Since I arrived in Prague I’ve seen these odd, thin planks leaning against the walls of buildings. At first I thought they were random leftovers from construction projects. One of my flatmates not-so-jokingly suggested that they were holding up the buildings. But today, I figured out just what people are using them for.
My kitchen window looks out onto a large courtyard in the middle of several apartment buildings. In the corner of the courtyard is this kind of raised window thing, as you can see on this beautifully crafted diagram:
I’m looking out the window while I wait for the water to boil, and I see this big guy taking two long planks of wood and resting them (very, very carefully) on the secret glass window thingy. He then proceeded to crawl up the planks, using them as a make-shift ladder.
How ingenious! Also, do they not have regular ladders in this country?
Inquiring minds would like to know.
After staring at this guy for a little while, he looked up, saw me staring, and stared right back. And then, because I don’t back down from a challenge, we had ourselves a nice little staring contest. Which was awkward, and yet something I felt that a moment of cross cultural communication was occurring.
Yesterday, I got my Zivnostensky- you know, the piece of paper that’s going to make it a lot easier for me to work in the Czech Republic? That thing?
It’s a fairly underwhelming document. For the most part, it looks like something I could have made on my laptop, instead something that required I trek across Prague to meet a variety of translators and beaurocrats, sometimes in such official locations as McDonalds. But I have it, which is a pretty big accomplishment (and which I wouldn’t have been able to do without Sarah, the lovely lady I hired to assist me with this process). My course coordinator has also sent out my resume to language schools in the area, and I’ve just learned that I can stay in my current apartment for the next month, which gives me some breathing room.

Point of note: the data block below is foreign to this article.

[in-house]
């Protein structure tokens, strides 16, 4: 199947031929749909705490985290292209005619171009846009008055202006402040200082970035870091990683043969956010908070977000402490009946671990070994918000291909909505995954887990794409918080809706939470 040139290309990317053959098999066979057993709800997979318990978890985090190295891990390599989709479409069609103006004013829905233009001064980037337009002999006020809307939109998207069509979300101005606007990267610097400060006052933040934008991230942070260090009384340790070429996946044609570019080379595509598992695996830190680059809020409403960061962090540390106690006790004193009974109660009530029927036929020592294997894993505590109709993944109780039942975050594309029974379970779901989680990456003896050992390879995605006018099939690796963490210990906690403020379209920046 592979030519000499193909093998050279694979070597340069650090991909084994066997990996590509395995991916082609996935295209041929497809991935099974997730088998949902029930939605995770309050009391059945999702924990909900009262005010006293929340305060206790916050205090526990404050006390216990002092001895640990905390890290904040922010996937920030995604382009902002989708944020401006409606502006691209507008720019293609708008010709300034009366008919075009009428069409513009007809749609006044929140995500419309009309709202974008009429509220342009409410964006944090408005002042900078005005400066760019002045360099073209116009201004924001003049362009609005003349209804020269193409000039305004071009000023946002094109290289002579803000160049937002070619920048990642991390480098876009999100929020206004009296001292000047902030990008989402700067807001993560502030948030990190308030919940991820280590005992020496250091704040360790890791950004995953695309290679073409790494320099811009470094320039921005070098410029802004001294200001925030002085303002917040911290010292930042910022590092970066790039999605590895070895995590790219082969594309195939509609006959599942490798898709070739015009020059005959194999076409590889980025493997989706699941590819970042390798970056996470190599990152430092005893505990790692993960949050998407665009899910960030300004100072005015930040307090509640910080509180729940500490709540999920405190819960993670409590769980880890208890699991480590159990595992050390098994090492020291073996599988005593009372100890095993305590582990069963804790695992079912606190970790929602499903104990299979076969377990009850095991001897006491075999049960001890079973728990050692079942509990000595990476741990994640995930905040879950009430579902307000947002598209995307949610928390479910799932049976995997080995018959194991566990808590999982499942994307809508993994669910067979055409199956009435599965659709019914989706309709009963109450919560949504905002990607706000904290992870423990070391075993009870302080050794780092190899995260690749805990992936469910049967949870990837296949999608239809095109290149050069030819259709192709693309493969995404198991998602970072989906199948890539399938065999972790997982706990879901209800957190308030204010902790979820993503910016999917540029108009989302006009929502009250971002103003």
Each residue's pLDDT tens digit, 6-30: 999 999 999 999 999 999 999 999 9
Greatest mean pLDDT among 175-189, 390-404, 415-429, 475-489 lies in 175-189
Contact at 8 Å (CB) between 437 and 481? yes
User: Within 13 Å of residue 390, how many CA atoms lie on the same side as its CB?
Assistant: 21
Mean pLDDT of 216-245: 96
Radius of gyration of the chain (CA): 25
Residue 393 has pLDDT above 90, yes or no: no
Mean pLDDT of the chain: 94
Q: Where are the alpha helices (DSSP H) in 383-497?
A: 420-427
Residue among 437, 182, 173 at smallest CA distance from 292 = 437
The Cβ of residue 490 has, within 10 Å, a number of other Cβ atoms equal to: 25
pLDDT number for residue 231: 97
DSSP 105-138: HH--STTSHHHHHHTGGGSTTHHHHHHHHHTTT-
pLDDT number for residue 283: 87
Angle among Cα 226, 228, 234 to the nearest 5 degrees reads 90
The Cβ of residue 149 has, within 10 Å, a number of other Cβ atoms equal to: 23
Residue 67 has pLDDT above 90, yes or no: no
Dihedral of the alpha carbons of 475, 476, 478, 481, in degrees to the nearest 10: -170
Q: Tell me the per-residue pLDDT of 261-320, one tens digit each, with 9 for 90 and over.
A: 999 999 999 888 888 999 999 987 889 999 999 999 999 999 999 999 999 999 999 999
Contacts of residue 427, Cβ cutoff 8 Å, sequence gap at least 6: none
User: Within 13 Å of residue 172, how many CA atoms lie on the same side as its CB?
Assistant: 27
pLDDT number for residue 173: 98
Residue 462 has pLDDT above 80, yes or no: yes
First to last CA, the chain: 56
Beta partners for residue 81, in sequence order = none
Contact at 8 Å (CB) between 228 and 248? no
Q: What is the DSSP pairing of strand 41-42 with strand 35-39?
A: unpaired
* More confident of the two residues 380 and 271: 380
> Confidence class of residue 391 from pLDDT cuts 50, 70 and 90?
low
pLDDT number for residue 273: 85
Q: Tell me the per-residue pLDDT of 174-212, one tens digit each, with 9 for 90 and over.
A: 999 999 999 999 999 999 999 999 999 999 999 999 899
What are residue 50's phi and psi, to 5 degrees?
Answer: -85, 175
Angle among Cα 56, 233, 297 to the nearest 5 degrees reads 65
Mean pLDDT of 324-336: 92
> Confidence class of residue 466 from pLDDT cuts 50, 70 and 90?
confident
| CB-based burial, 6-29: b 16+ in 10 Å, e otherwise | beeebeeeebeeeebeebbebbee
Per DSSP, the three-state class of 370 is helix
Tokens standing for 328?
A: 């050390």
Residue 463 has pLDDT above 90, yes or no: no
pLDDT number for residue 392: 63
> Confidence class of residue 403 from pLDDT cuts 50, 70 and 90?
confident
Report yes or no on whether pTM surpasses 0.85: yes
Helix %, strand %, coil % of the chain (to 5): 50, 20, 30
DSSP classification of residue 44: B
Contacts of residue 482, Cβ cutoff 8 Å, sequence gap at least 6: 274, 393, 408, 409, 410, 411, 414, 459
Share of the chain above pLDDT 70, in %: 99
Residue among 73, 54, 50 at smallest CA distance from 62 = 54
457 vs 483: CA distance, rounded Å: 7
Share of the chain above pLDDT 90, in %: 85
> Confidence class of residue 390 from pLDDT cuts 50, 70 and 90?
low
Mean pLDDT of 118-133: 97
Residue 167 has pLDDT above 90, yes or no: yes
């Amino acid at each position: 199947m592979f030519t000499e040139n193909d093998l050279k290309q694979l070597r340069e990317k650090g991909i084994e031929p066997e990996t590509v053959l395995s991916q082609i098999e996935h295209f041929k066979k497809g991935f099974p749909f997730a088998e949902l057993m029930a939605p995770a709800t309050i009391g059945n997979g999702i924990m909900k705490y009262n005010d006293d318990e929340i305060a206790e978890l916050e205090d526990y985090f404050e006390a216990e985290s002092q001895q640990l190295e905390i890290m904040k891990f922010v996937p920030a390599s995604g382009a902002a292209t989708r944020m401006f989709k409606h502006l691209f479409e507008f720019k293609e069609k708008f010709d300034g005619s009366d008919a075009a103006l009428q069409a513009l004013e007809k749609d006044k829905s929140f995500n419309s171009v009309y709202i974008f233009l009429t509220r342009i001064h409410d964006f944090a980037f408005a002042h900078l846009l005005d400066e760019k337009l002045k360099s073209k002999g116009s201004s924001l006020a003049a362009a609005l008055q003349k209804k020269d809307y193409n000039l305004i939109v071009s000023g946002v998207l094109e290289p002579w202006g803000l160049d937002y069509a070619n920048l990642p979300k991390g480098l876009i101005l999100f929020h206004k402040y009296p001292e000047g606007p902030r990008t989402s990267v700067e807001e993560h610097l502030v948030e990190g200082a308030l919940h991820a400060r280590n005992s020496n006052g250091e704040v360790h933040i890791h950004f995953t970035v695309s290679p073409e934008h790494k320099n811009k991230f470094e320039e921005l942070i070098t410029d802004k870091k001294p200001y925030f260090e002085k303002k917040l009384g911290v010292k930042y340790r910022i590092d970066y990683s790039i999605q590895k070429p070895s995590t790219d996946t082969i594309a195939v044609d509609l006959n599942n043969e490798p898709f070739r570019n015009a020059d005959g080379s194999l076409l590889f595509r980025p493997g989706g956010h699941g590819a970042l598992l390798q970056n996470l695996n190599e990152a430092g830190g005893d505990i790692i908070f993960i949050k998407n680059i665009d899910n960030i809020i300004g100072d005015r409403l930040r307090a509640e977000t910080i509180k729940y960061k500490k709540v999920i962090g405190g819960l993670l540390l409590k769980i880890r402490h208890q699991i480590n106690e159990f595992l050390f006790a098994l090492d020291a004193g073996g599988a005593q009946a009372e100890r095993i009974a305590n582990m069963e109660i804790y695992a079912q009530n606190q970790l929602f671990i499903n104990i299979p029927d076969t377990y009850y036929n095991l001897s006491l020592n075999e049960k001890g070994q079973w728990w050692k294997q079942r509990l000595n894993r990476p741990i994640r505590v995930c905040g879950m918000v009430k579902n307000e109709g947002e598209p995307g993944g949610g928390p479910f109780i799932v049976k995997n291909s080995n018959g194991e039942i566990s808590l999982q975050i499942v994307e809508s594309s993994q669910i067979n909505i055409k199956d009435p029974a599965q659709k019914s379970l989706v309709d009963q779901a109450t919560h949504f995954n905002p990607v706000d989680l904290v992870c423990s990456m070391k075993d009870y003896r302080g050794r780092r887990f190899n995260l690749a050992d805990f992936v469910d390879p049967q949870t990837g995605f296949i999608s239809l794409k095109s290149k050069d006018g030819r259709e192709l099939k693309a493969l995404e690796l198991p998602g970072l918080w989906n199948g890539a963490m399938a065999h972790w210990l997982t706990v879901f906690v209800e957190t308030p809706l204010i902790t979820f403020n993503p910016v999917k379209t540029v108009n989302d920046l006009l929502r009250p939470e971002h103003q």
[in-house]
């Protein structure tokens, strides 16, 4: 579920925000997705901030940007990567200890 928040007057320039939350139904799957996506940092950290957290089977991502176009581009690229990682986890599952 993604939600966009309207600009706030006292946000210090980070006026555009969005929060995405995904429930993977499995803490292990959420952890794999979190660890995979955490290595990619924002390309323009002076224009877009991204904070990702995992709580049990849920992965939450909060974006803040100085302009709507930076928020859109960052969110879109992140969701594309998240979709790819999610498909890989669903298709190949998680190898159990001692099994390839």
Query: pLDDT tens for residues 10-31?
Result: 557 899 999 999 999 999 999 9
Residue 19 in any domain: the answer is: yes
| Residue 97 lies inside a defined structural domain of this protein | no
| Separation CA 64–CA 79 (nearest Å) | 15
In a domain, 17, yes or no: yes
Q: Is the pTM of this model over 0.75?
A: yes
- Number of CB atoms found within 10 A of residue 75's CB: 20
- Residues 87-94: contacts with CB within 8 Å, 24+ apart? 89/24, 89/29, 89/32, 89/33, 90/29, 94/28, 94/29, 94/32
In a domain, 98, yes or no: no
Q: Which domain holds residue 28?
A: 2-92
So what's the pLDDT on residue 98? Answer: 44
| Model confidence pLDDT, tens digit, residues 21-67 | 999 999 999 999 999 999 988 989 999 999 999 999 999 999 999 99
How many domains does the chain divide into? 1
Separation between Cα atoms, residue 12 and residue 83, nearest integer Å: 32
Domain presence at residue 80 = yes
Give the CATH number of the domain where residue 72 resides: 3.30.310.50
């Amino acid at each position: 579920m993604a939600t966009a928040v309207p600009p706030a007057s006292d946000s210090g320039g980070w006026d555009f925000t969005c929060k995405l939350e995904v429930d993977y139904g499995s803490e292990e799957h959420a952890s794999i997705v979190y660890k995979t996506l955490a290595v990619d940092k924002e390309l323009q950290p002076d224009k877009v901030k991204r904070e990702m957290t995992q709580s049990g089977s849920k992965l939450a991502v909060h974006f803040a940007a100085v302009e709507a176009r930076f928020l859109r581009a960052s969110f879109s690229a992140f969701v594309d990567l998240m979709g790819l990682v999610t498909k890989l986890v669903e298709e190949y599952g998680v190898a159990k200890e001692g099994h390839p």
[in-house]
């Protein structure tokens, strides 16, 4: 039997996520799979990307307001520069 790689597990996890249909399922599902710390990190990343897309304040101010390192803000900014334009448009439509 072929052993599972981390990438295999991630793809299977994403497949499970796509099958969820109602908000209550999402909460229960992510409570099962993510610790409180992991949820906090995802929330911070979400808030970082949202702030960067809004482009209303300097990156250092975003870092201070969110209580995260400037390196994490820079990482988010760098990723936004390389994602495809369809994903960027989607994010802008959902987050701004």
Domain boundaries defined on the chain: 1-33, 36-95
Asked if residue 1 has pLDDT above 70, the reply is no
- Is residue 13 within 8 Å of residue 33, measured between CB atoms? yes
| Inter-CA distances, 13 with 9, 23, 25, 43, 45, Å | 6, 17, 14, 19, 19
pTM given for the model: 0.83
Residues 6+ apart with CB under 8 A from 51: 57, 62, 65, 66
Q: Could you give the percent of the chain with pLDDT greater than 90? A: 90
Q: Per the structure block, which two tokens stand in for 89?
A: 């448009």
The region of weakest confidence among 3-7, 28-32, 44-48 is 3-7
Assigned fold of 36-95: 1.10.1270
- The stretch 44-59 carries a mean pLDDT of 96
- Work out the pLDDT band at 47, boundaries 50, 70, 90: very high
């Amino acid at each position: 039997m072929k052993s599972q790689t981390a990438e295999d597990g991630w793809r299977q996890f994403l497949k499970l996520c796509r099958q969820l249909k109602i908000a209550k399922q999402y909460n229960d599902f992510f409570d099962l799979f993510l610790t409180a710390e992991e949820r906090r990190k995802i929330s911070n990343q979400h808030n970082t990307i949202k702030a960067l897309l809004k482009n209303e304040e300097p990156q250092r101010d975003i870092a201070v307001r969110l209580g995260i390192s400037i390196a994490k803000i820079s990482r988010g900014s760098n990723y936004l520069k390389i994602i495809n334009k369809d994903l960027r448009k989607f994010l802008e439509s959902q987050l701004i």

So, things continue to go… (and here I stopped myself from saying as planned, because that would be the moment when shit went bad).
At school, we’ve hit the third-week slump, and most people look like zombies after their morning classes are over (and I fully include myself in this category). But we are all doing pretty damn well, especially considering that we only have about 3 weeks of teaching experience under our belts. Yesterday I taught a pronunciation lesson on the /w/ and /v/ phonemes, which Czech students have a very difficult time distinguishing between. And you know, it was really freaking hard. I finished that 45 minute class ready to go home and go to bed. That being said, I think it went well. So- school continues to be hard, but I continue to really like it.
Tonight is take a break/ pub night. I think we all know how that is going to go. (Can you see me grinning? No? Good, because it is a creepy, “I plan to get very drunk!” grin. Sorry mom and dad).
I’m going to go get dressed now, so I can go to class and learn stuff. But first, have this scrap of poem I wrote this morning and will probably hate in a few hours:
Box Poem That Needs A Better Title
it is dark, and in the center of the dark
is a white spotlight
and a box as if on the floor
of a stage
a hand enters the light
it is lifting the box and holding it up for display
but what is the box
is it pandora’s dowry
a collection of nails and screws from my father’s garage
does it drip with old motor oil
are rust flakes clinging to the hand
is it covered in mud and clinging roots
inside a tin robot, ripped playing cards, a length of string
and a box of matches
is it tin or wood is it light or heavy
and if it’s heavy will the thing inside blind me
is it the ark of the covenant
or an old wedding ring
or a penny, or a dead worm
the hand retreats with the box
pulls back into the dark
there is only the spotlight
and the light is gone